This approach would not diminish my current investment. Of course, application vendors would need to write handlers, basically I guess, remote windows communication over wi-fi. One could have Photoshop running on one system and OS, sending back 'shopped' images, Excel on another and so on. My current hardware might house my personal data cloud, or interact with the external cloud behind the scenes. However, before other vendors come on board, the slate would be a compelling computer in its own right, running iWork, iLife and a myriad applications available for the iPhone.



    When setting up or programming some application, a large display is often necessary but for displaying the results, a high resolution, small display might be quite adequate.



    For me, really the only question to ask, if in fact a new product line is about to be released, is which industry is Apple about to revolutionise? Perhaps the answer is personal computing! After all, Apple knows a thing or two about the subject!
  • Reply 85 of 172
    iladilad Posts: 39member
    I have a gesture for Apple, it involves a simple extension of your middle finger. If you are dumb enough to buy one of these, then you desrve to be relieved of your hard earned cash. Everyone is quick to judge failures by other companies products but give Apple a pass. They have done nothing right and I can give numerous examples of their failures and half baked ideas. This device is going to be no better. I'd rather try and hackintosh some of the really cool convertible hardware shown at CES if possible. Perhaps maybe that is why they are starting to clamp down on hackintoshing. But I expect to see huge lines forming for this device and people are going to kiss Apple's rear end. Buy the way I have been a Apple fan boy for 24 yrs. Just one more half baked product from a company that has become the leader in putting out half baked goods. The new big blue...Apple.
  • Reply 86 of 172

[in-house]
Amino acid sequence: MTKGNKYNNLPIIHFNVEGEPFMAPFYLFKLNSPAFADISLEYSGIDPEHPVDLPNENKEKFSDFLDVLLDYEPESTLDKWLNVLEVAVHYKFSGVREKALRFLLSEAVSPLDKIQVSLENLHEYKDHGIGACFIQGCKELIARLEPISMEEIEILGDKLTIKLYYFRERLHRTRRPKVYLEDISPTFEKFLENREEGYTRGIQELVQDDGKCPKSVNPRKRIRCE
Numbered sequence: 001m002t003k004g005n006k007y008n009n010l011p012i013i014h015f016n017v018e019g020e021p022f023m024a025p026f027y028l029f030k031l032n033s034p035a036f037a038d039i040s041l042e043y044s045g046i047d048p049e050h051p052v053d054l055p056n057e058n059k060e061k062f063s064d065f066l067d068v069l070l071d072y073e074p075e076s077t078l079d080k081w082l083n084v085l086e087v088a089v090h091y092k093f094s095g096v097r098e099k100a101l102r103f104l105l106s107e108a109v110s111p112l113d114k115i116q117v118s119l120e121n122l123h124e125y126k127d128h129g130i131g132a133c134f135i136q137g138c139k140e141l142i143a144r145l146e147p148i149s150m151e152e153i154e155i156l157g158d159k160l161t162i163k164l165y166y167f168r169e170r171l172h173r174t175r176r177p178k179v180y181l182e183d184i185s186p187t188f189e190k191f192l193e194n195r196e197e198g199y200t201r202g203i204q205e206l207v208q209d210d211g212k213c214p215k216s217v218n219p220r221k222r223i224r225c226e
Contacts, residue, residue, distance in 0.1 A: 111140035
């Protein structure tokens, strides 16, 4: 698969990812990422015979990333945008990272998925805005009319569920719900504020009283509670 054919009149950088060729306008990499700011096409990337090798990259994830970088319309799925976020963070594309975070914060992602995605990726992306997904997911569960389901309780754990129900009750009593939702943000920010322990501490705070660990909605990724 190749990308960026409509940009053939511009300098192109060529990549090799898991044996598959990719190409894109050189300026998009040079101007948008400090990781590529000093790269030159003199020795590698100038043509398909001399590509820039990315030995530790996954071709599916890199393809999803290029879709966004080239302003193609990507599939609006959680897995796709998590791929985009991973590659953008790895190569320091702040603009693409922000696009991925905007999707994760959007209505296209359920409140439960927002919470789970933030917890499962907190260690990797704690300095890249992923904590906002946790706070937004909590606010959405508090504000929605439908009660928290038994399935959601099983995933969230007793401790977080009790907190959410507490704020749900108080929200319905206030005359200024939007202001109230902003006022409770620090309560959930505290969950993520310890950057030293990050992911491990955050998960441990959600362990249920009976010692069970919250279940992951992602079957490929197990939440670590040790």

bigpicsbigpics Posts: 1,397member
    Quote:
    Originally Posted by ALBIM View Post


    These "complex multi-touch gestures" fits with the supposed steep learning curve rumor. Interesting...



    I know Apple loves multi-touch, but it sounds like (three fingers and rotate instead of tapping) SJ is going a little crazy with it.



    This certainly doesn't sound like "the UI for the rest of us." Apple lost me with the latest shuffle's umpteen click combos to control an impassive piece of aluminum that will only respond in any way if I stroke it with the right secret handshake.



    Apple interfaces have always been about "it just works," as you can just look at it and figure out what to do next. "Complicated sets of multi-finger gestures" may appeal to a subset of power geeks, but for most, having to memorize commands we can't see is a step backwards to the days of memorizing DOS commands, now re-clothed as hand ballet movements. (a la "Minority Report" tho' on a 10" screen)



    I'm sure there will be ways in which the (alleged) machine is elegantly approachable, but if this is at the heart of controlling complex apps with it, I'm having trouble seeing millions happily take the time to master the feng shui of 15 gesture multi-touch commands.



    Apple seems too savvy to make this highly hyped and anticipated wonder into something unapproachable to the average target user, so this feature set may exist (and become second-nature to more and more people over years) but there indeed needs to be something that a computer naif can point at and get something done without specialized training.
  • Reply 87 of 172
    ..........
  • Reply 88 of 172
    enzosenzos Posts: 344member
    > If anyone can convince me I'm wrong, please do so. <



    Couldn't be bothered; better just to wait and see.
  • Reply 89 of 172
    I remind people that when the first Mac shipped with its mouse, the naysayers were extremely vocal.





    However, the mouse remained relatively obscure until the appearance of the Apple Macintosh; in 1984 PC columnist John C. Dvorak ironically commented on the release of this new computer with a mouse: “There is no evidence that people want to use these things.”[2]

    A mouse now comes with most computers and many other varieties can be bought separately.